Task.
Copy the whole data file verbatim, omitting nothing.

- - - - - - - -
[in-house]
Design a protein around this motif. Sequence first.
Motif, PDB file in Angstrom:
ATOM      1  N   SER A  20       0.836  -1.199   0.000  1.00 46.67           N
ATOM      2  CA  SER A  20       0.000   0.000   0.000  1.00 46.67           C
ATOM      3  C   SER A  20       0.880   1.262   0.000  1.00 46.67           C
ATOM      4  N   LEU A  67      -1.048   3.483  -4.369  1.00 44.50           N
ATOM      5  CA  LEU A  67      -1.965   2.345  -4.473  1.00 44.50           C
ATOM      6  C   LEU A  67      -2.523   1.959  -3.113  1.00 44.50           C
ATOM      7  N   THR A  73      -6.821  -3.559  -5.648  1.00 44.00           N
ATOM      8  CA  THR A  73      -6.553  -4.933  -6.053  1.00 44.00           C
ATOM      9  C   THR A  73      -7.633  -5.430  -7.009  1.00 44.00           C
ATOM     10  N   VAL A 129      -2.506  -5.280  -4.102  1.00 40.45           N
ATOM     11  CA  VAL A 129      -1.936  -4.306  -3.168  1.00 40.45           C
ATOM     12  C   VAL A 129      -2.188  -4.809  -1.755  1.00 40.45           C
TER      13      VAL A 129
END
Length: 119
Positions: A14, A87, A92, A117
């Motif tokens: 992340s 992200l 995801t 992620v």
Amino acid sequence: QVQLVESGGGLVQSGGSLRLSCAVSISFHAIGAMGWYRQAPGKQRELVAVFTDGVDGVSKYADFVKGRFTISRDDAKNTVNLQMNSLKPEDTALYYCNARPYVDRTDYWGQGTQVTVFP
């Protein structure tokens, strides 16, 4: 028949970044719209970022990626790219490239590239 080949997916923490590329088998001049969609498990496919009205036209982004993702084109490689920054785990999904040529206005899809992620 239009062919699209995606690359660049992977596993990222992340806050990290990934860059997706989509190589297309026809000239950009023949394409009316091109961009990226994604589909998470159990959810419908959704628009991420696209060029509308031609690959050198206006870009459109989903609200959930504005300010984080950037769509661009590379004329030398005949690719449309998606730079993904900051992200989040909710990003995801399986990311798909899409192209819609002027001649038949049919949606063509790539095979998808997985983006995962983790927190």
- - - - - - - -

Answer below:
[in-house]
Design a protein around this motif. Sequence first.
Motif, PDB file in Angstrom:
ATOM      1  N   SER A  20       0.836  -1.199   0.000  1.00 46.67           N
ATOM      2  CA  SER A  20       0.000   0.000   0.000  1.00 46.67           C
ATOM      3  C   SER A  20       0.880   1.262   0.000  1.00 46.67           C
ATOM      4  N   LEU A  67      -1.048   3.483  -4.369  1.00 44.50           N
ATOM      5  CA  LEU A  67      -1.965   2.345  -4.473  1.00 44.50           C
ATOM      6  C   LEU A  67      -2.523   1.959  -3.113  1.00 44.50           C
ATOM      7  N   THR A  73      -6.821  -3.559  -5.648  1.00 44.00           N
ATOM      8  CA  THR A  73      -6.553  -4.933  -6.053  1.00 44.00           C
ATOM      9  C   THR A  73      -7.633  -5.430  -7.009  1.00 44.00           C
ATOM     10  N   VAL A 129      -2.506  -5.280  -4.102  1.00 40.45           N
ATOM     11  CA  VAL A 129      -1.936  -4.306  -3.168  1.00 40.45           C
ATOM     12  C   VAL A 129      -2.188  -4.809  -1.755  1.00 40.45           C
TER      13      VAL A 129
END
Length: 119
Positions: A14, A87, A92, A117
């Motif tokens: 992340s 992200l 995801t 992620v």
Amino acid sequence: QVQLVESGGGLVQSGGSLRLSCAVSISFHAIGAMGWYRQAPGKQRELVAVFTDGVDGVSKYADFVKGRFTISRDDAKNTVNLQMNSLKPEDTALYYCNARPYVDRTDYWGQGTQVTVFP
């Protein structure tokens, strides 16, 4: 028949970044719209970022990626790219490239590239 080949997916923490590329088998001049969609498990496919009205036209982004993702084109490689920054785990999904040529206005899809992620 239009062919699209995606690359660049992977596993990222992340806050990290990934860059997706989509190589297309026809000239950009023949394409009316091109961009990226994604589909998470159990959810419908959704628009991420696209060029509308031609690959050198206006870009459109989903609200959930504005300010984080950037769509661009590379004329030398005949690719449309998606730079993904900051992200989040909710990003995801399986990311798909899409192209819609002027001649038949049919949606063509790539095979998808997985983006995962983790927190």